Post Published on November 4, 2010.
Last Updated on July 12, 2021 by davemackey.
The essence of this chapter is Girzone’s struggle with deciding whether creation speaks to and necessitates the existence of a Creator. This is not so much an academic struggle, as a personal struggle. Girzone was not attempting so much to quell the scientific criticism against creation as to deal with his own questionings. Still, the chapter provides insightful commentary that is worth pondering for all.
Girzone seems to accept the idea that the earth evolved (pg. 14) but still sees this occurring under the guidance and through the creative action of God. As support for this controversial view (among Christians) he states, “God cannot contradict in revelation what He has placed in nature.” (pg. 15) He denotes the evidence for eohippus to horse as being essentially unassailable but then quavers a bit, indicating that too many gaps exist within the amphibian lines and reporting on Morgan’s experiments at Columbia University with fruit flies which failed to show significant genetic adaptation under a large quantity of induced environments and circumstances.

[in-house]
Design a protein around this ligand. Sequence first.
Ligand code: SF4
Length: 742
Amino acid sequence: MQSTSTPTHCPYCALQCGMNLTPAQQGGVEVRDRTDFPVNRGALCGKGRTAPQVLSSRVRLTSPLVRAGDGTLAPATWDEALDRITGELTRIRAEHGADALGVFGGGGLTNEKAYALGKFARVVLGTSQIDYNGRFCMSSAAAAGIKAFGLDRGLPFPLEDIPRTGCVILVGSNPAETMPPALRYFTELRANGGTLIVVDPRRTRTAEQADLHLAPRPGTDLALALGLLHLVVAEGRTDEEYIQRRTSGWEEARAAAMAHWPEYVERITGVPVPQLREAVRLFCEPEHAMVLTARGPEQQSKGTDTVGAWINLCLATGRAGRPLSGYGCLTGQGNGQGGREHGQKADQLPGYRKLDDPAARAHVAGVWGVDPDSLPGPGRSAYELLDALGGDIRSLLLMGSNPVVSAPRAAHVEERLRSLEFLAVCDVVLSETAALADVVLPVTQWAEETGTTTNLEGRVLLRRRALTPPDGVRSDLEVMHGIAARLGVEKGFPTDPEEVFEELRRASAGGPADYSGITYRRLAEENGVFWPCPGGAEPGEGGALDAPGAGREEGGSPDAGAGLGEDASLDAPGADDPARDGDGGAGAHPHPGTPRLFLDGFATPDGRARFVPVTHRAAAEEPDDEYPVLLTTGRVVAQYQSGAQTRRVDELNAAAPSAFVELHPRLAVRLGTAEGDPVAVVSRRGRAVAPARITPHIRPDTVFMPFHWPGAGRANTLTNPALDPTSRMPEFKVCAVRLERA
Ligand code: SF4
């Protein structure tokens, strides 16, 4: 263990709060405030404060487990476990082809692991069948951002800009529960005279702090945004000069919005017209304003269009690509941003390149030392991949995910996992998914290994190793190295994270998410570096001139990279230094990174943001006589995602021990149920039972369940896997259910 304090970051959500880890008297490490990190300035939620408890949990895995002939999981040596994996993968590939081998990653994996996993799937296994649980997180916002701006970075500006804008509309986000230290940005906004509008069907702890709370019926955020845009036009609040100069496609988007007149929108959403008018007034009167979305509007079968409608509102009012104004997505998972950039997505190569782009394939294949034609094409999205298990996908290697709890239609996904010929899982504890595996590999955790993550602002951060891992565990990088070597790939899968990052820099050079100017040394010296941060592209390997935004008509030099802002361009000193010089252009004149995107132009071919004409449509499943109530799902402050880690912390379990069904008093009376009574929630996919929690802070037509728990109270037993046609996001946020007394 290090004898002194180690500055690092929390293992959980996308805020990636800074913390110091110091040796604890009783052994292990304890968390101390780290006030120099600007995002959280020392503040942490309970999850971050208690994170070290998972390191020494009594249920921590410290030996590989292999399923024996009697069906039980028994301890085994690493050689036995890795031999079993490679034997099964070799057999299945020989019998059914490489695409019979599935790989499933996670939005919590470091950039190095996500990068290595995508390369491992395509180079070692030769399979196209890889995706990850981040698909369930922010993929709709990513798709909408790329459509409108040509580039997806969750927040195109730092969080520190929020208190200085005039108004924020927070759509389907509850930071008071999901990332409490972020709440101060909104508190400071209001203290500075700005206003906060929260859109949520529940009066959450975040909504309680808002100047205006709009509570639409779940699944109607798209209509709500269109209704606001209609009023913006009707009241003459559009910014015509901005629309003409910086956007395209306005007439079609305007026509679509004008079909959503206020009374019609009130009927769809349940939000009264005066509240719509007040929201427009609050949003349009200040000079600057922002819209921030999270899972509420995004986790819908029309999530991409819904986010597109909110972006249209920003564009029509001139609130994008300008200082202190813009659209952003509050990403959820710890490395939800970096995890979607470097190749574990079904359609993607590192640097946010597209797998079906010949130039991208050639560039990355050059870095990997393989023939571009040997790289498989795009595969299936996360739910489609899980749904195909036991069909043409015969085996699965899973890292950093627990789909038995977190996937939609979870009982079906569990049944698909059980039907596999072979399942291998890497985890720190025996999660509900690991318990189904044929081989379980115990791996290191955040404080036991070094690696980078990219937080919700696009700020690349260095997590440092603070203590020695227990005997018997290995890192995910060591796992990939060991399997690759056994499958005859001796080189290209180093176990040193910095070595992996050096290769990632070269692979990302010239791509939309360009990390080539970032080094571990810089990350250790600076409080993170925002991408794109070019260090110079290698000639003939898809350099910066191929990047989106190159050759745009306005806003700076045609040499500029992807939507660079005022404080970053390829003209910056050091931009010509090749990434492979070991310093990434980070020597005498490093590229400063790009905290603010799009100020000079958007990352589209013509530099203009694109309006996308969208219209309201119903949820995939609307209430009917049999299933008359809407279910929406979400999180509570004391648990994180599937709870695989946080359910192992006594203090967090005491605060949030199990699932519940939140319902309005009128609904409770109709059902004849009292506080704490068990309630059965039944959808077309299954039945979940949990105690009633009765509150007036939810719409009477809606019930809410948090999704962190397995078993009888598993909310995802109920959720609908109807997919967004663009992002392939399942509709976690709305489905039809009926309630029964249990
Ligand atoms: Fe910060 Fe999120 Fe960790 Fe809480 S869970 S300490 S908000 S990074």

In the end, while Girzone cannot prove that there is a God he feels that, “As far as the mind is concerned, psychologically it can feel satisfied that God exists even though the technical evidence is not conclusive and points only to the necessity of God’s existence.” (pg. 17) He argues earlier (pg. 12) that even scientists are forced to rely upon faith – a point I would agree with (oops, bad grammar, ohh well).
Girzone sums up his evidence for the existence of God, “So, my own mantra is reduced to a simple observation. I know there is a God, because the world exists, and I know it is real, and not an illusion, because I perceive it with my senses and I can analyze it with my intelligence, which I also am conscious exists.” (pg. 18) Not an unreasonable argument, imho. Girzone then continues for the next three pages to relay several miraculous incidents he experienced during his lifetime – further evidence for the existence and involvement of the divine (pp. 19-21).
I am sure that some will be quick to point out the flaws and the weaknesses in these arguments – that Girzone was unable to prove the existence of God – but I fall upon the same defense Girzone seems to rely upon – none of us can prove our points, at some point we must rely upon faith in something (others, experience, revelation, perception, history, etc.) – and with Girzone, I side that the evidence points towards a Creator God.